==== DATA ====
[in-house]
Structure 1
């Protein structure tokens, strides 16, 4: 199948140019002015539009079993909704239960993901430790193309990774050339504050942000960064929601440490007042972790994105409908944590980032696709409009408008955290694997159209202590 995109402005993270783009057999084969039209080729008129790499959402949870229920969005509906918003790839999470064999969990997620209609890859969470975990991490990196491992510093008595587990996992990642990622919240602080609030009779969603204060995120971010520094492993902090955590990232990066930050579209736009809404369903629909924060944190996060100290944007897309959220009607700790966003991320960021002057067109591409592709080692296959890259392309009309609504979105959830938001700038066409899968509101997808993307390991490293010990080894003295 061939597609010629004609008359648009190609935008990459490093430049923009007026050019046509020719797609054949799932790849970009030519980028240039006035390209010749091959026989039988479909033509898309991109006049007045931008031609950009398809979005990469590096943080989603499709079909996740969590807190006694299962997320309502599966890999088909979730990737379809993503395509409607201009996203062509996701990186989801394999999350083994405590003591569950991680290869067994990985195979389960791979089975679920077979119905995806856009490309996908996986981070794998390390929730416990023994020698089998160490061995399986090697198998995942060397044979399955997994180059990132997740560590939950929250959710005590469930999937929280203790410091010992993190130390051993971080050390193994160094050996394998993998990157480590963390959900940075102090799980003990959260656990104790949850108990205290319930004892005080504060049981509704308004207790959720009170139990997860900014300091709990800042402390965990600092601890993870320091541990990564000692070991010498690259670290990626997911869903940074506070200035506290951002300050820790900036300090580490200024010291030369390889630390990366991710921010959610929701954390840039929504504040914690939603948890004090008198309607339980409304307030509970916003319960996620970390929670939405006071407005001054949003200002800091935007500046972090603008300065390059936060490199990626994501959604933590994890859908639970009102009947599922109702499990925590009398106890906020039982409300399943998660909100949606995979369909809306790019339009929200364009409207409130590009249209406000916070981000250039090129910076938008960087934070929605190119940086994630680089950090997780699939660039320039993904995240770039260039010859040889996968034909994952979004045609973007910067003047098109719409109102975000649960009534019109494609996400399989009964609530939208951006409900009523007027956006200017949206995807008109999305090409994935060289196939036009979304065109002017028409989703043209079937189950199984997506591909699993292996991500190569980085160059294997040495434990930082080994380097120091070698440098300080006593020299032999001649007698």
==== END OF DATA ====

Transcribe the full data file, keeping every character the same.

[in-house]
Structure 1
């Protein structure tokens, strides 16, 4: 199948140019002015539009079993909704239960993901430790193309990774050339504050942000960064929601440490007042972790994105409908944590980032696709409009408008955290694997159209202590 995109402005993270783009057999084969039209080729008129790499959402949870229920969005509906918003790839999470064999969990997620209609890859969470975990991490990196491992510093008595587990996992990642990622919240602080609030009779969603204060995120971010520094492993902090955590990232990066930050579209736009809404369903629909924060944190996060100290944007897309959220009607700790966003991320960021002057067109591409592709080692296959890259392309009309609504979105959830938001700038066409899968509101997808993307390991490293010990080894003295 061939597609010629004609008359648009190609935008990459490093430049923009007026050019046509020719797609054949799932790849970009030519980028240039006035390209010749091959026989039988479909033509898309991109006049007045931008031609950009398809979005990469590096943080989603499709079909996740969590807190006694299962997320309502599966890999088909979730990737379809993503395509409607201009996203062509996701990186989801394999999350083994405590003591569950991680290869067994990985195979389960791979089975679920077979119905995806856009490309996908996986981070794998390390929730416990023994020698089998160490061995399986090697198998995942060397044979399955997994180059990132997740560590939950929250959710005590469930999937929280203790410091010992993190130390051993971080050390193994160094050996394998993998990157480590963390959900940075102090799980003990959260656990104790949850108990205290319930004892005080504060049981509704308004207790959720009170139990997860900014300091709990800042402390965990600092601890993870320091541990990564000692070991010498690259670290990626997911869903940074506070200035506290951002300050820790900036300090580490200024010291030369390889630390990366991710921010959610929701954390840039929504504040914690939603948890004090008198309607339980409304307030509970916003319960996620970390929670939405006071407005001054949003200002800091935007500046972090603008300065390059936060490199990626994501959604933590994890859908639970009102009947599922109702499990925590009398106890906020039982409300399943998660909100949606995979369909809306790019339009929200364009409207409130590009249209406000916070981000250039090129910076938008960087934070929605190119940086994630680089950090997780699939660039320039993904995240770039260039010859040889996968034909994952979004045609973007910067003047098109719409109102975000649960009534019109494609996400399989009964609530939208951006409900009523007027956006200017949206995807008109999305090409994935060289196939036009979304065109002017028409989703043209079937189950199984997506591909699993292996991500190569980085160059294997040495434990930082080994380097120091070698440098300080006593020299032999001649007698």